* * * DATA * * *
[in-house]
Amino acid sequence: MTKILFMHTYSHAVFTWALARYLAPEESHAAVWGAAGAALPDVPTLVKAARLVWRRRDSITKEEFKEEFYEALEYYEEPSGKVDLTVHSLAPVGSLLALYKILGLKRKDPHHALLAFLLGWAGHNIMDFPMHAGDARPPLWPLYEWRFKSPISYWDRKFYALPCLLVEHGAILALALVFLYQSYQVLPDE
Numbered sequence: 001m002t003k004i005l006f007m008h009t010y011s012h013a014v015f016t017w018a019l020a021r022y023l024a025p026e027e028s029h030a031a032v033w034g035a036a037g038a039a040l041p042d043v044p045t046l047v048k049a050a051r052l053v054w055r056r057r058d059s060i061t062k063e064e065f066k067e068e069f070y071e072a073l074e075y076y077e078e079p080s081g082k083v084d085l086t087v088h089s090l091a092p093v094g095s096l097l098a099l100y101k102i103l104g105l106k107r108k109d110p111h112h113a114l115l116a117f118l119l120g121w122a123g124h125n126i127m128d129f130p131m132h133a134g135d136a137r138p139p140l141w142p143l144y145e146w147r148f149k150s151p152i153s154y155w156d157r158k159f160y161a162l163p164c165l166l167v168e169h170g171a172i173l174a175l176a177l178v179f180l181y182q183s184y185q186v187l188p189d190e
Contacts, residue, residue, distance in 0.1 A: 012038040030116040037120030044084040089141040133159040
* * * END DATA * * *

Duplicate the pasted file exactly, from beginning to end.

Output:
[in-house]
Amino acid sequence: MTKILFMHTYSHAVFTWALARYLAPEESHAAVWGAAGAALPDVPTLVKAARLVWRRRDSITKEEFKEEFYEALEYYEEPSGKVDLTVHSLAPVGSLLALYKILGLKRKDPHHALLAFLLGWAGHNIMDFPMHAGDARPPLWPLYEWRFKSPISYWDRKFYALPCLLVEHGAILALALVFLYQSYQVLPDE
Numbered sequence: 001m002t003k004i005l006f007m008h009t010y011s012h013a014v015f016t017w018a019l020a021r022y023l024a025p026e027e028s029h030a031a032v033w034g035a036a037g038a039a040l041p042d043v044p045t046l047v048k049a050a051r052l053v054w055r056r057r058d059s060i061t062k063e064e065f066k067e068e069f070y071e072a073l074e075y076y077e078e079p080s081g082k083v084d085l086t087v088h089s090l091a092p093v094g095s096l097l098a099l100y101k102i103l104g105l106k107r108k109d110p111h112h113a114l115l116a117f118l119l120g121w122a123g124h125n126i127m128d129f130p131m132h133a134g135d136a137r138p139p140l141w142p143l144y145e146w147r148f149k150s151p152i153s154y155w156d157r158k159f160y161a162l163p164c165l166l167v168e169h170g171a172i173l174a175l176a177l178v179f180l181y182q183s184y185q186v187l188p189d190e
Contacts, residue, residue, distance in 0.1 A: 012038040030116040037120030044084040089141040133159040